For more information



Prolonged Exposure for PTSD–A Step-by-Step Guide

Working with Trauma Choosing Your Approach

This workshop will focus on the prolonged exposure (PE) treatment model as applied to individuals post-traumatic stress disorder (PTSD). We will review the essential diagnostic criteria, summarize the evidence base supporting the efficacy of PE, discuss contraindications for PE, and give an overview of how PE treatment is conducted in both outpatient and intensive settings. Participants will learn how to conduct PE through didactics, videos, and hands-on exercises to prepare for them for the skills they will implement to help their clients.

An estimated 70 percent of adults in the United States have experienced a traumatic event at least once in their lives, and up to 20 percent of these people go on to develop post-traumatic stress disorder, or PTSD. Gain skills to help your clients live with the effects of their trauma experience. Learn what it means to work with trauma and how to help your client understand trauma and its effects.

Learning Outcomes • Indicate the efficacy of PE treatment • Understand and Apply PE techniques in an outpatient or intensive outpatient approach 7740-9475, Mar. 16-17, 8:30am-4:30pm CEUs: 1.4, CEHs: 14, $475 Chad Wetterneck, Ph.D. OR 7740-9806, Dec. 7-8, 8:30am-4:30pm

• Discover the connections between the brain, body and emotions • Learn how to describe trauma, PTSD, hi-jacked brain and more in ways the client can understand 7740-9464, Apr. 25, 8:30am-4:30pm CEUs: 0.7, CEHs: 7, $295 Patricia Clason OR 7740-9714, Oct. 24, 8:30-4:30pm

Trauma First Aid: When and How to Safely Help NEW

Trauma-Informed Care What is it? Why Now? How to be a TIC Provider Gain an understanding of why trauma-informed care matters and how it makes a difference in the quality of care and relationships with clients. Leave with a template for providing traumainformed care and for taking care of yourself as a provider of trauma treatment services. What started with the recognition of PTSD in Vietnam veterans has evolved into an approach used in medical care, therapy and even in business and customer service. Learning Outcomes • Learn how the trauma-informed care (TIC) movement came to be • Understand what it means to be a TIC provider and a TIC organization 7740-9463, Mar. 21, 8:30am-4:30pm CEUs: 0.7, CEHs: 7, $295 Patricia Clason OR 7740-9709, Sept. 26, 8:30am-4:30pm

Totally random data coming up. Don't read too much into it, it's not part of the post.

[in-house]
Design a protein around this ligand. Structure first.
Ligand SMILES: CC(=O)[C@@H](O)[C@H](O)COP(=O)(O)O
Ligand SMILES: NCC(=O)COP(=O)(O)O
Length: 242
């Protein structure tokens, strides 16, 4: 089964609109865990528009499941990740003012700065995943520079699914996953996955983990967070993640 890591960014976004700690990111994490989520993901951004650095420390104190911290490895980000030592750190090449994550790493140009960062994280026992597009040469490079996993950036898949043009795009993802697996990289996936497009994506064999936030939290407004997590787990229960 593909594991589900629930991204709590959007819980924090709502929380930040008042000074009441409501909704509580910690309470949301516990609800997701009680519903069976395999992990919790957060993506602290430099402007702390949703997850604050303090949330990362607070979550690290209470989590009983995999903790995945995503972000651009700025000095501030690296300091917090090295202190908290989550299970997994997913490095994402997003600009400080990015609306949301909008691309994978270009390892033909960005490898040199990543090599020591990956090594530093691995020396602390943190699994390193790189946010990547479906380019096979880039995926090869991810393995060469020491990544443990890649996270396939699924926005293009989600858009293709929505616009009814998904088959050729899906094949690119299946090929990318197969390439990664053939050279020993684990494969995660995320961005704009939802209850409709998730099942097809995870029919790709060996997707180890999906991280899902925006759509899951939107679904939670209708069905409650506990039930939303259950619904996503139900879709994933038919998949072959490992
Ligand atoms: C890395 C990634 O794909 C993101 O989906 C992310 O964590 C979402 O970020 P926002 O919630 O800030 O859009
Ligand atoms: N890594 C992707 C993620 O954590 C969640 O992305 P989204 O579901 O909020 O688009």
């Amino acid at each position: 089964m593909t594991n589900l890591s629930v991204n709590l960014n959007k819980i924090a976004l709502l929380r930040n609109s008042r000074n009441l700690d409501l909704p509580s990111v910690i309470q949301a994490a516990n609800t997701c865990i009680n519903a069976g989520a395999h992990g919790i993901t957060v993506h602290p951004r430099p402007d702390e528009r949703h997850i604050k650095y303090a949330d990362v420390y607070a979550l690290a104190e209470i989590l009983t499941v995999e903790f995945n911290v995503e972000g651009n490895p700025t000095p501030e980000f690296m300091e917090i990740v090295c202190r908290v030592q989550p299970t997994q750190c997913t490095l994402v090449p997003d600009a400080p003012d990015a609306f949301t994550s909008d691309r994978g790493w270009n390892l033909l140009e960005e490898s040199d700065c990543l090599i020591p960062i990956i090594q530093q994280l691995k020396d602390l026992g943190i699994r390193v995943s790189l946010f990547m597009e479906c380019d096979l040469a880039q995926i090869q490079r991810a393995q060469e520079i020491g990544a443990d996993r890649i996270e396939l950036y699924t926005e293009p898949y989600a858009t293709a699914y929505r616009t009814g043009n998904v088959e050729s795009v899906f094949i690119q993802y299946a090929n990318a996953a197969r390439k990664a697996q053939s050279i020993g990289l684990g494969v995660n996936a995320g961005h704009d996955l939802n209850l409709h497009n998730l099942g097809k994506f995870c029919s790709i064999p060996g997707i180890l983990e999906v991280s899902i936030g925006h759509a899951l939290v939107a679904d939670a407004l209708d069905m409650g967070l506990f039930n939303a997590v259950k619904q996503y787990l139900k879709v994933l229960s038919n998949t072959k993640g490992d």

Learning Outcomes

An emotional first aid kit contains practices and creative interventions that can help someone who has experienced a trauma and needs support. It also comes with a set of guidelines to prevent further traumatization. Together we will unpack this kit, explore the tools of trauma first aid and practice using them to prepare you to help others in time of need. Learning Outcomes • Understand the seven golden rules of emotional first aid • Know the difference between compassion and sympathy 7740-9466, May 31, 8:30am-4:30pm CEUs: 0.7, CEHs: 7, $295 Patricia Clason

YOUTH WORK DEVELOPMENT The Youth Work Learning Center is an education, research and staff development resource for professionals who work with youth in afterschool and out-of-school settings. We provide relevant, high-quality services empowering professionals to implement the most effective programs possible.

School-Age / After-School Programs: Courses, Workshops, & Institutes Caring for and enriching the lives of school-age children beyond the school day requires a unique set of skills that combines and crosses many professional disciplines and is grounded in an understanding of the growth and development of children. Working with school-age children in the informal out-of-school time is a commitment to making a difference for children. The general age range of children in out-of-school programs is 5 to 12 years. For information, visit or call Shari Vinluan at 414-227-3223 or